I ground down the stock on my 2014 ES - still too much lean
I bought a Gen I steel kickstand - better, but still too much lean
I finally did what I should have done from the start: bought this and fixed the problem:
https://soupysperformance.com/yamah...-xtz1200-adjustable-kickstand-side-stand.html

On an otherwise excellent bike, the sidestand issue is just BS for Yamaha to have ignored.
 

Don in Lodi

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#10
All the above counsel on preload, etc is helpful and accurate. My story:
I ground down the stock on my 2014 ES - still too much lean
I bought a Gen I steel kickstand - better, but still too much lean
I finally did what I should have done from the start: bought this and fixed the problem:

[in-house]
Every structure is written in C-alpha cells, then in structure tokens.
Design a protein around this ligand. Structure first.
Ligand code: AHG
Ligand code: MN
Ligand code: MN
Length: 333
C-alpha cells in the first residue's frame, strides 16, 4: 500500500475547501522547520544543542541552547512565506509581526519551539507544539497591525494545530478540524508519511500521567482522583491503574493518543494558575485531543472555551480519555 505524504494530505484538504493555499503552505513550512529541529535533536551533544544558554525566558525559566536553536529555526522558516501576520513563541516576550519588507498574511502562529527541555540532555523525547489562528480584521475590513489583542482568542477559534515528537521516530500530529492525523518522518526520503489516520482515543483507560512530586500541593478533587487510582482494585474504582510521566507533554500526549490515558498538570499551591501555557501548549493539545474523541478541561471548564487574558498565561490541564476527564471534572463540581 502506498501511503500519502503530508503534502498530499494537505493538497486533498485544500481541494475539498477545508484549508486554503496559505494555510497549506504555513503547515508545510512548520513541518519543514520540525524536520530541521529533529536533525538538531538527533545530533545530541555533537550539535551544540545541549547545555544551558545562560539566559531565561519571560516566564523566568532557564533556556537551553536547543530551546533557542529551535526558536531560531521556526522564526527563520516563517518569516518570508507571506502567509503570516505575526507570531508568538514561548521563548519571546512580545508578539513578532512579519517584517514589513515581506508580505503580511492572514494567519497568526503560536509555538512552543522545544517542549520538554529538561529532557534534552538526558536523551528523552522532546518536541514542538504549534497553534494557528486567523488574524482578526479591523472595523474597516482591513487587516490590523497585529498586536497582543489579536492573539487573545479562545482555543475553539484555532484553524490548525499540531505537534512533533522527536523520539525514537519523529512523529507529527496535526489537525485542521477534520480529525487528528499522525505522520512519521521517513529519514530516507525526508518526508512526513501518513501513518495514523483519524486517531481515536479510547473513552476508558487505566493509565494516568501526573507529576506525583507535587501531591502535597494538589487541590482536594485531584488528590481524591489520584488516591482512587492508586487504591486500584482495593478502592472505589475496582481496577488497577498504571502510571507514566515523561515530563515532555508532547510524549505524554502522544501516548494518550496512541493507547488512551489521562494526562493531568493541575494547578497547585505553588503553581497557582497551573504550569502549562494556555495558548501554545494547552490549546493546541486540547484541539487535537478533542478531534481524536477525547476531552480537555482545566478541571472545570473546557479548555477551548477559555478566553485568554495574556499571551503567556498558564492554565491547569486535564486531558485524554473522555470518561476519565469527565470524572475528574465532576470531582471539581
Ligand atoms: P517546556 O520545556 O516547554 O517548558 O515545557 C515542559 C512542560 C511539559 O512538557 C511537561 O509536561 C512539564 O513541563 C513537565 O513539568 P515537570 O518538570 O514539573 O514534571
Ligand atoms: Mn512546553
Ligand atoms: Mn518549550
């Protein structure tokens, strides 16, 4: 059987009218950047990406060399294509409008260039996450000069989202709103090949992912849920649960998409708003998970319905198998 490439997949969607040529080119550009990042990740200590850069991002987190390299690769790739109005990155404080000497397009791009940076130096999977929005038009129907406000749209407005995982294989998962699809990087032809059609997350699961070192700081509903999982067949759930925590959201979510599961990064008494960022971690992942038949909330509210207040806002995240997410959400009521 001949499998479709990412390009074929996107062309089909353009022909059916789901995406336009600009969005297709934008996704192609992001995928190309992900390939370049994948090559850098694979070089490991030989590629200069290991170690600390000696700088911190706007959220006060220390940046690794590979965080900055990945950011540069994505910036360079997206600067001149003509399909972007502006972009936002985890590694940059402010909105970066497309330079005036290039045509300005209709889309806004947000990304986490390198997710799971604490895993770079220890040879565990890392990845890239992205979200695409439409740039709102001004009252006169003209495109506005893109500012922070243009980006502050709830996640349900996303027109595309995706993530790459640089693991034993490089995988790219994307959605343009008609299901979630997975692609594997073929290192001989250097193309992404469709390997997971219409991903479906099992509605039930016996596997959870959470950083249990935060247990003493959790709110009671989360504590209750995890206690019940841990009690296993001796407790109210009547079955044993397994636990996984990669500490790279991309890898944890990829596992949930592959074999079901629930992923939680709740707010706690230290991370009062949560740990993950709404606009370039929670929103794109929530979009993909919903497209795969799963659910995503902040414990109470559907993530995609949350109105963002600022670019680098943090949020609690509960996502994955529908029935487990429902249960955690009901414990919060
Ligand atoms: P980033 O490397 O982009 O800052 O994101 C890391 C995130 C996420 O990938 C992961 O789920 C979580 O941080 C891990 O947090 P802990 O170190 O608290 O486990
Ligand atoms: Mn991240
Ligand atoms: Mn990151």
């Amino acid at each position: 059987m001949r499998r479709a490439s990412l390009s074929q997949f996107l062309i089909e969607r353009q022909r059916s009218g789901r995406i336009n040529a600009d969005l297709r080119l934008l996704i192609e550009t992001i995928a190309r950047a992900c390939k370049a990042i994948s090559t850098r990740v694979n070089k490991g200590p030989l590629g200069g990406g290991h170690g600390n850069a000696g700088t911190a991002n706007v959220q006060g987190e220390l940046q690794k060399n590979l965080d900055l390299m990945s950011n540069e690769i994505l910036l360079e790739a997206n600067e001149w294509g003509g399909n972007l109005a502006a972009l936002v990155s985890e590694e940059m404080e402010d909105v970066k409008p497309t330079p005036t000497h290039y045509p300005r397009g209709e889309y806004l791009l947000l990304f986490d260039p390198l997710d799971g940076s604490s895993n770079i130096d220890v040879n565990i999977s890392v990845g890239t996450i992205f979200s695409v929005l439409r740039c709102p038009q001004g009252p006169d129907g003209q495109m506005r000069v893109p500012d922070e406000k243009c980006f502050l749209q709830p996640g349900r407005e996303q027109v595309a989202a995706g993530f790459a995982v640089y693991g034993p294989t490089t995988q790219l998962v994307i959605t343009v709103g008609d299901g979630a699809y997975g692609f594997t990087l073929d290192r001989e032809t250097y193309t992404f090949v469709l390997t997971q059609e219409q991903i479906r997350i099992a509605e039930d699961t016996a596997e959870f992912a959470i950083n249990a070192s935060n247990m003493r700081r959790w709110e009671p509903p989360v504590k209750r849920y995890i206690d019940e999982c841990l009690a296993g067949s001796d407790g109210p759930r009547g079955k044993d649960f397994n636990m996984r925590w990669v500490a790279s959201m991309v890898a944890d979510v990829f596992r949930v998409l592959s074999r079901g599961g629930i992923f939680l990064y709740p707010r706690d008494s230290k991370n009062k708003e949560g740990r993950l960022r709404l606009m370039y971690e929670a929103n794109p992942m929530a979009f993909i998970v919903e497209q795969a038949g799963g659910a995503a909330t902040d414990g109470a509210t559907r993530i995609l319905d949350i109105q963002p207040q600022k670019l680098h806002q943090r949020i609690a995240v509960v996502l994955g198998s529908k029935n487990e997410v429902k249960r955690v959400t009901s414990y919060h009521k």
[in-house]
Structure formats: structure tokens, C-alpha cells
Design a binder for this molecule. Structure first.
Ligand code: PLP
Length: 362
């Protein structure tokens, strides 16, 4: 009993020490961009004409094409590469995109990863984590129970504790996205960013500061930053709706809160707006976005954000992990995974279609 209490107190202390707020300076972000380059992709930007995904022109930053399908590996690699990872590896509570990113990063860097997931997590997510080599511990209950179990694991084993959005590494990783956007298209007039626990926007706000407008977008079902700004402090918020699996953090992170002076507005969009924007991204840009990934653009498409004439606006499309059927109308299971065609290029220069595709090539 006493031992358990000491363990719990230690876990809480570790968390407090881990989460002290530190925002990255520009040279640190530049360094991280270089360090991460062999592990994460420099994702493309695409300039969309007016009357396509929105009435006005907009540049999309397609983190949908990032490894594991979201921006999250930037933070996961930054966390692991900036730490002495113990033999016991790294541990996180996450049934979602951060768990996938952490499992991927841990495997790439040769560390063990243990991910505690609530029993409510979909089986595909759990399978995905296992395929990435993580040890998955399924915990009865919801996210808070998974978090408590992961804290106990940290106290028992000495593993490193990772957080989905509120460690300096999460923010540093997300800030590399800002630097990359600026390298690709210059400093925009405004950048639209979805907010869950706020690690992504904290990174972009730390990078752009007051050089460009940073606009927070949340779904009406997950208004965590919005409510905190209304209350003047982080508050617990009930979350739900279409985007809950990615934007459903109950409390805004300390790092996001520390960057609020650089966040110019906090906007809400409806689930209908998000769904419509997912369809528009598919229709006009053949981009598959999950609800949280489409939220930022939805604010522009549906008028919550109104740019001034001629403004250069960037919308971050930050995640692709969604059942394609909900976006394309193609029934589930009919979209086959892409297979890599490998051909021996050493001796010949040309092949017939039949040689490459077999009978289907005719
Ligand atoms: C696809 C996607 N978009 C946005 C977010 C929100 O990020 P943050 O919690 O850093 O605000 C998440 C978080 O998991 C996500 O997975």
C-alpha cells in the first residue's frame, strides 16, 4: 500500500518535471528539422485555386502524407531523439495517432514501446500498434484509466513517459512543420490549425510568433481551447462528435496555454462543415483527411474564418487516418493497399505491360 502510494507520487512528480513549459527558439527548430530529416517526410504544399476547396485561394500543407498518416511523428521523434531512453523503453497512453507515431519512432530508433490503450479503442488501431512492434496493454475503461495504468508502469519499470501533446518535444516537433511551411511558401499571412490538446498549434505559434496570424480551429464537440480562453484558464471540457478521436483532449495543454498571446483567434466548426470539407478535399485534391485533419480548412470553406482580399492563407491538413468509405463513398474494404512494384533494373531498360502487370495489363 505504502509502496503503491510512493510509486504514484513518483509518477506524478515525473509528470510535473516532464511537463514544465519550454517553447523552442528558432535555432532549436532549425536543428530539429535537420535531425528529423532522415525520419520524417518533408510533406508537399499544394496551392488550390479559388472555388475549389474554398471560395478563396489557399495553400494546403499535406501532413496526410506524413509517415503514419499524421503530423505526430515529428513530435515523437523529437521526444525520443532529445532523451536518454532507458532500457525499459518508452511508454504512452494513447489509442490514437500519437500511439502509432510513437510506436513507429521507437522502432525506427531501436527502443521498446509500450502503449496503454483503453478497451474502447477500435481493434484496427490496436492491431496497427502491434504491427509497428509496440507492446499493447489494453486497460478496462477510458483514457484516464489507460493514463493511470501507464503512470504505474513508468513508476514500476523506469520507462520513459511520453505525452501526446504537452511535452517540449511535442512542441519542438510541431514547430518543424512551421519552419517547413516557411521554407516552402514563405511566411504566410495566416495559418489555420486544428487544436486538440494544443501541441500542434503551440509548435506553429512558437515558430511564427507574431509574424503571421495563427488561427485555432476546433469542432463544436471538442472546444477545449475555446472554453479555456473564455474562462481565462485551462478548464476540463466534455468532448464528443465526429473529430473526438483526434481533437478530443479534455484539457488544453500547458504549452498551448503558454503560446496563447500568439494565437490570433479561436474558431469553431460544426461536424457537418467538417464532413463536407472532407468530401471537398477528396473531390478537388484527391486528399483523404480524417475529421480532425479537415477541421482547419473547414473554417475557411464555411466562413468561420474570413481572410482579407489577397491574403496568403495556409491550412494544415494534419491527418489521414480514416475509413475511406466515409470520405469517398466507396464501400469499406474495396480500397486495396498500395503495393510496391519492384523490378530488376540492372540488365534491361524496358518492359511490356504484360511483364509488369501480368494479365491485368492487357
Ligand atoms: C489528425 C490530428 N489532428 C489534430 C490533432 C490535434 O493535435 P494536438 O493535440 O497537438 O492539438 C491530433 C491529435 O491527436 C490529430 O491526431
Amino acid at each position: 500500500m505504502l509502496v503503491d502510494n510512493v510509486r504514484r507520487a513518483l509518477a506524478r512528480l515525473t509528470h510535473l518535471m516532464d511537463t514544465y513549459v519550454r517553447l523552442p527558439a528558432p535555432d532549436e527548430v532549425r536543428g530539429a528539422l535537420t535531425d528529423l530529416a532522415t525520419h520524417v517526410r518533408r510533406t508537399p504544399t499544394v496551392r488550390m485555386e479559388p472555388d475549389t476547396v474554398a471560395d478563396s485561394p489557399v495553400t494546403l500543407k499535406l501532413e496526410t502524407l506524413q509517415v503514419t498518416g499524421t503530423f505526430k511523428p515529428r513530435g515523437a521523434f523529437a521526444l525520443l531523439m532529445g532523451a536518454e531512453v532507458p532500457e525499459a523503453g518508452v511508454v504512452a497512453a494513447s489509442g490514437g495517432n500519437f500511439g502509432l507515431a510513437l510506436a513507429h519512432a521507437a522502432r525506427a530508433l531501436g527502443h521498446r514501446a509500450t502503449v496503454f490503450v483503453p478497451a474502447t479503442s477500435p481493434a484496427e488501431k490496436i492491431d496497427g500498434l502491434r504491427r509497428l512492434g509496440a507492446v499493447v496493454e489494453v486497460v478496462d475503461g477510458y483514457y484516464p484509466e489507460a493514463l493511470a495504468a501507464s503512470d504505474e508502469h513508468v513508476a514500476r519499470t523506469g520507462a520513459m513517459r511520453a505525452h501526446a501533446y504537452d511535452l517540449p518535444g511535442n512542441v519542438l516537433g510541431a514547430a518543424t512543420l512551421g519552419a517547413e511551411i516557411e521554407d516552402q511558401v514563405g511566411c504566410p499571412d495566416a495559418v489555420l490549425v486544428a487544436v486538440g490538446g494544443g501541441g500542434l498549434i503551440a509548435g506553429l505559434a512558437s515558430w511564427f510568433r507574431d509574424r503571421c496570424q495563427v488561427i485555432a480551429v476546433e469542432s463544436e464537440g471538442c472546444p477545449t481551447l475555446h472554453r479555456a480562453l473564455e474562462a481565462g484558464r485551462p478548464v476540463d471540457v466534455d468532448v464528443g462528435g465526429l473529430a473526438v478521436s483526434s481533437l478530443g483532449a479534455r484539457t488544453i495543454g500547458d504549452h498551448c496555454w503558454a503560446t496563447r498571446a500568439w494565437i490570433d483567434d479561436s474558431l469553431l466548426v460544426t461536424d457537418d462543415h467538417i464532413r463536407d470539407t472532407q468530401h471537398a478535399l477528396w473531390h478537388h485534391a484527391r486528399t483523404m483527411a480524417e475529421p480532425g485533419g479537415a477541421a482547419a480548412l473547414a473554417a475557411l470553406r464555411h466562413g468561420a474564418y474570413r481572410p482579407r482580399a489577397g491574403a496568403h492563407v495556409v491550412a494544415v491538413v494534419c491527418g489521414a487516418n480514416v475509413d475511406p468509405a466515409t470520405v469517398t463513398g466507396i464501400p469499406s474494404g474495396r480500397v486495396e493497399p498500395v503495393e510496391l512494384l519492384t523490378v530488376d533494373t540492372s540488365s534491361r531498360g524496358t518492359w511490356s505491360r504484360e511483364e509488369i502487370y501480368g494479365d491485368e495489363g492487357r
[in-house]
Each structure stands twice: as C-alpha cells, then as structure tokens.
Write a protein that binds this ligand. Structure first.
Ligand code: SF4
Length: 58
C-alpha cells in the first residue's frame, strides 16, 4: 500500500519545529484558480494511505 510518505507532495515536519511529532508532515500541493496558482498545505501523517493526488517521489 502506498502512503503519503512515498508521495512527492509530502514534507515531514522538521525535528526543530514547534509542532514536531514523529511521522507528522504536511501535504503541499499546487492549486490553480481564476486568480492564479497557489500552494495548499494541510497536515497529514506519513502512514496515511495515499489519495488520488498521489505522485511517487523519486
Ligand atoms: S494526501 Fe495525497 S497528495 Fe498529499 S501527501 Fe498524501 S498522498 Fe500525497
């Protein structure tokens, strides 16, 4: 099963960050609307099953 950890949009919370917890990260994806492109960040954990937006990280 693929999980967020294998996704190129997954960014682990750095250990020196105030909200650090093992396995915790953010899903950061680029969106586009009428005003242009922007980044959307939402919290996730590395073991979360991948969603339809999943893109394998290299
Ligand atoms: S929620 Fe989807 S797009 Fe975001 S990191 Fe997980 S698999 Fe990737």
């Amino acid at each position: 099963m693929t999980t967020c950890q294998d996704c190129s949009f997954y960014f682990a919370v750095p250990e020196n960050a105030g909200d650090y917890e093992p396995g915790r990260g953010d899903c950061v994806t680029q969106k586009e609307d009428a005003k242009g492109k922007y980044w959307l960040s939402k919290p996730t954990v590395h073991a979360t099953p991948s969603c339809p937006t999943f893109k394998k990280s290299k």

https://soupysperformance.com/yamah...-xtz1200-adjustable-kickstand-side-stand.html

On an otherwise excellent bike, the sidestand issue is just BS for Yamaha to have ignored.
Too much lean and you bought a Soupys shorter stand? For cbennett it's a perfect solution though.
 
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#13
I've experienced this issue. I have a 2016 ES and I've found that if the suspension is set too soft then yeah it will stand pretty straight, I'm almost afraid to get off it in case it does fall to the right. Stiffening up the suspension or making the rear end taller makes the bike lean over to the left a lot more. I also put a larger foot on the kick stand which makes things balance a little differently
 

RonH

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#14
It's strange that many owners complain of the motorcycle standing up too straight while on the side stand, and others say the motorcycle leans too much towards the stand. On my ES, it leans plenty enough towards the stand. Far as I can tell just set for single rider it leans over about the same as my 2012 did.
 

Checkswrecks

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#15